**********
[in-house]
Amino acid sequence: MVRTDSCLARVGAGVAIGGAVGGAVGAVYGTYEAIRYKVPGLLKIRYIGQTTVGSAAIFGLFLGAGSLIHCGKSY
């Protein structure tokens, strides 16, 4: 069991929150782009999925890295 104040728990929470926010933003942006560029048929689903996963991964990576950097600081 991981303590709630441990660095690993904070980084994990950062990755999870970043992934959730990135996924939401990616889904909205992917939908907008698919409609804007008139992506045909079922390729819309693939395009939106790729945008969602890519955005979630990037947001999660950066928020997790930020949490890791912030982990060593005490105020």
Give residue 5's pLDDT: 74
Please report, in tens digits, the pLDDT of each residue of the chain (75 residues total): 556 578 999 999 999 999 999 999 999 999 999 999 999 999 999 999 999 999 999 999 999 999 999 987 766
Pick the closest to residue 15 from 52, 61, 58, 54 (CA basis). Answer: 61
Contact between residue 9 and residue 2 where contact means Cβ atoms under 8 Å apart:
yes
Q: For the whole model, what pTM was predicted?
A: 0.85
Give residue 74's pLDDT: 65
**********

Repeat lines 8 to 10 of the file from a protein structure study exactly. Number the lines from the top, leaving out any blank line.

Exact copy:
yes
Q: For the whole model, what pTM was predicted?
A: 0.85